In the course of skimming research articles, every now and then something surfaces that is comprehensive, clarifying, and just flat out fun to read because it brings illumination to something I’ve been grappling with.
One I want to make sure to bring to your attention, just in case you haven’t yet read it, is this open access piece from Verhoeven and Perfetti, Universals in Learning to Read Across Languages and Writing Systems. As I’ve been learning a lot more about learning how to read and write in English, as well as about the process of language development in general, I sometimes worry that not everything I learn may generalize well, especially to languages whose writing and phonological systems differ quite substantially from English. Here’s where the paper comes in as a great resource, because the authors offer—as noted in the title—some universal principles across a number of languages, and highlight some key differences.
They highlight, for example, the extreme difficulty of English spelling among alphabetic writing systems due to its “syllabic complexity” and lack of consistent and transparent mapping of phonology. But the difficulty of learning any alphabetic writing system is nothing compared to the complexity of Chinese, which blows all other writing systems out of the water.
They also have a lovely table that compares some of the major writing and language systems to one another descriptively, which I know is a resource I will return to in the future.
In the course of this high-level examination, the authors also do us another service, which is to render intricate and complex ideas from various studies on reading into short, clear sentences.
For example, I’ve recently written about the transformation of my own thinking around phonemic awareness, and here’s Verhoeven and Perfetti succinctly stating the current state of PA research:
“Evidence in alphabetic languages for the late association between phonemic awareness and literacy suggests that phonemic awareness and learning to read alphabetically can develop reciprocally. This means that phonemic awareness is an enabler rather than a prerequisite for alphabetic reading.”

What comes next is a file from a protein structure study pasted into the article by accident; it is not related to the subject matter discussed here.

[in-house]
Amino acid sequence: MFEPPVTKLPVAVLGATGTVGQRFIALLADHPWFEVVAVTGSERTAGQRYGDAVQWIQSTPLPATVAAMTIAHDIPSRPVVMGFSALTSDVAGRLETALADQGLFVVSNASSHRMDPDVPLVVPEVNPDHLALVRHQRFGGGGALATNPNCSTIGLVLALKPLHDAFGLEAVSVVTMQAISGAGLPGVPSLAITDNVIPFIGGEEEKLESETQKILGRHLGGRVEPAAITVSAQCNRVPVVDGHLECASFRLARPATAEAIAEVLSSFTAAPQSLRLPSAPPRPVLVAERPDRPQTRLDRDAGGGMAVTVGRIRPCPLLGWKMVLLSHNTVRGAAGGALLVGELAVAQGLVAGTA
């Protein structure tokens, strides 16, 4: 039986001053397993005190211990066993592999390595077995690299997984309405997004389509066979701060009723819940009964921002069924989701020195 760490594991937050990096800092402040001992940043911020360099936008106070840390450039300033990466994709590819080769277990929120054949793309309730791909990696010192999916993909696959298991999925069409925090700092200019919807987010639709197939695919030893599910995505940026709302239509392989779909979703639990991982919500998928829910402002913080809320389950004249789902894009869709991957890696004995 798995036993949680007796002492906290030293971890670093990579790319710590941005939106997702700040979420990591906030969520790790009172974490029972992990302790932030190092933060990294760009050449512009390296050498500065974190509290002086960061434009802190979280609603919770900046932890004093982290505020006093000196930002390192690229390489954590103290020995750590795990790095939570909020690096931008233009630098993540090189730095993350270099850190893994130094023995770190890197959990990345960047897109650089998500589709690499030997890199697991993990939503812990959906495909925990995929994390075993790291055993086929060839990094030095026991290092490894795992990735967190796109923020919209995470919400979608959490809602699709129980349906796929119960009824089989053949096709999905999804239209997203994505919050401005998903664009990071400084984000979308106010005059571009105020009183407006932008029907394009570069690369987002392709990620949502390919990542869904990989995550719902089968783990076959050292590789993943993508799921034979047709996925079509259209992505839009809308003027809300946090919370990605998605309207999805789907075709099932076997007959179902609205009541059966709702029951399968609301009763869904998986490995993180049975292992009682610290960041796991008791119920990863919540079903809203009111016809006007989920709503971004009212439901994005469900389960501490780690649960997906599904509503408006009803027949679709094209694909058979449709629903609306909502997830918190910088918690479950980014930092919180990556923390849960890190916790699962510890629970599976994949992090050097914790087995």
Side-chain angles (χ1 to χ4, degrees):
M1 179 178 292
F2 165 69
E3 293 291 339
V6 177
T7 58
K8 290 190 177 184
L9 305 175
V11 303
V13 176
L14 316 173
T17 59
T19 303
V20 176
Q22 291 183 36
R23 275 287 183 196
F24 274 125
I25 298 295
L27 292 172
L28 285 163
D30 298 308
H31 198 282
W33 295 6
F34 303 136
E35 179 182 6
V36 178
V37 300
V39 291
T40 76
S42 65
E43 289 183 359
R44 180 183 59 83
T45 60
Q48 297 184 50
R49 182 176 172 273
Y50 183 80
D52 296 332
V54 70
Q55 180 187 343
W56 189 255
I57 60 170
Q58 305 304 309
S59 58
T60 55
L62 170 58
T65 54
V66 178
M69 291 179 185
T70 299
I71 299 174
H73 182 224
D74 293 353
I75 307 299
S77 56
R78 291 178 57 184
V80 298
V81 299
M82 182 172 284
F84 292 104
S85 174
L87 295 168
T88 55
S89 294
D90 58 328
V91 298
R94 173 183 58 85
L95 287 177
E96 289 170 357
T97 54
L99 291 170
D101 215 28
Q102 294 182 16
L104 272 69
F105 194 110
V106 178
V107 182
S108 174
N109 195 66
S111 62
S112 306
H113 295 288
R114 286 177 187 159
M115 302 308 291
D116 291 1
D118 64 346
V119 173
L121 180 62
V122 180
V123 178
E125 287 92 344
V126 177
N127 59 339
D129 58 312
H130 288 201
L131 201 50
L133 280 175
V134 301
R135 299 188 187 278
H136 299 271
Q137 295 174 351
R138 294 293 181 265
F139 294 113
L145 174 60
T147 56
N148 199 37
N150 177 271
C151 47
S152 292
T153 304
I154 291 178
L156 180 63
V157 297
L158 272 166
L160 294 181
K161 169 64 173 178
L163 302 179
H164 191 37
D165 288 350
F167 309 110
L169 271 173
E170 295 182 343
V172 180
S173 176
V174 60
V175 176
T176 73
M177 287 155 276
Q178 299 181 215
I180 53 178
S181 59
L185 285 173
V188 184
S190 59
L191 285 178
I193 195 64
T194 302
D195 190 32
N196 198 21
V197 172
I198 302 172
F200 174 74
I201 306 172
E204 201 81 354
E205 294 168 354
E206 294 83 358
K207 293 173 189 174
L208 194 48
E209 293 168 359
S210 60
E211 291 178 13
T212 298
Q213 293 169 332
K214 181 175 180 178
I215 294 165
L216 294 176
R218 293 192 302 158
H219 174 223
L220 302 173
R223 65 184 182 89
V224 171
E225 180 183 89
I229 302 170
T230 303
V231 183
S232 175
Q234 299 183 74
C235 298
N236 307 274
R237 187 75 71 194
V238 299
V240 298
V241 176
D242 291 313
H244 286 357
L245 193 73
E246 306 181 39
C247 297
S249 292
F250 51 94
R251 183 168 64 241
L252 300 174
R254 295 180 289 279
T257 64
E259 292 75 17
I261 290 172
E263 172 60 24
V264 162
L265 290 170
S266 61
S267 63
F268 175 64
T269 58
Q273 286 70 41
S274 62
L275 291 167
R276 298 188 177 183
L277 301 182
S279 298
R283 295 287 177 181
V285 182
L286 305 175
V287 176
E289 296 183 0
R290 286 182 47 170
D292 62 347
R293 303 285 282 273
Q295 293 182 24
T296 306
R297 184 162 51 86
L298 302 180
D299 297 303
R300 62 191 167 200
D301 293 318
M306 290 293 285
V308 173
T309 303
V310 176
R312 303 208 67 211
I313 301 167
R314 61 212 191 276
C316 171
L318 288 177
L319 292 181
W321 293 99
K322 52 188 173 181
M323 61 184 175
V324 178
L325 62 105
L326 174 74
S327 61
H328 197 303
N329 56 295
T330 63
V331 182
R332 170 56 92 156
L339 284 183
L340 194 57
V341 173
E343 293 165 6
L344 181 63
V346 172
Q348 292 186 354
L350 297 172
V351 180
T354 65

Or the need for spelling practice — something we increasingly neglect or dismiss in the U.S.:
“An important cross-linguistic finding is that spelling practice helps children internalize orthographic structures.”
There are also some interesting critiques of the Simple View of Reading in the section on comprehension:
“[the] simple view is incomplete in accounting for development of reading skill because reading itself brings about the learning of vocabulary and experience with a wider variety of grammatical structures and text types that are not experienced in typical spoken language (outside of academic lectures). Reading also increases the general knowledge that is needed to support comprehension.”
At the center of this critique is the role of vocabulary, which spans across linguistic and conceptual knowledge:
“Because so much of vocabulary is acquired following beginning reading, it is not simply a store of language knowledge waiting to be unlocked by decoding. Word meanings are continuously being retrieved, learned, and fine-tuned by reading itself. Both the quality of specific word knowledge (lexical quality) and the quantity of known words are important in supporting comprehension (Perfetti, 2007; Perfetti & Hart, 2001). It might seem convenient to subsume vocabulary under spoken language comprehension and thereby have a two-factor model of reading comprehension. However, this would fail to capture some observations about word meanings. For example, vocabulary knowledge directly supports identification of words that have exceptional spellings (Ricketts, Nation, & Bishop, 2007). A model that allows a more direct influence of knowledge of word meanings on reading comprehension may be more appropriate across languages (see Verhoeven & van Leeuwe, 2008). Beyond beginning reading, where only spoken language vocabulary is available, word meanings are not intrinsically part of spoken language more than written language. In both cases, they are the central connection point between coded input and comprehension, as much a component of a reading system as a language system (Perfetti & Stafura, 2014).”
I thought this was interesting in a couple of ways. First, because this resonates with my own experience as someone who read quite a lot in my formative years, and thus a large amount of the vocabulary I possess is purely in the written form — I can read it and write it, but may not have had much exposure to it in spoken language nor use it in my own speech. Second, because it brought me back to a similar critique that Mark Seidenberg made against the SVR in some endnotes to Reading at the Speed of Light, in which he states, “The main weakness in Gough’s theory is that it did not make sufficient room for the ways that the components influence each other. Vocabulary, for example, is jointly determined by spoken language and reading. Vocabulary can also be considered a component of both basic skills and comprehension.”
More to say on this additional variance for sure, but I’ll save it for another post! In the meantime, read this paper by Verhoeven and Perfetti with a pen in hand so you can mark it up yourself! I hope you enjoy it as much as I do. There’s a ton of gems in there to examine more in depth. Do share here in the comments or on Twitter!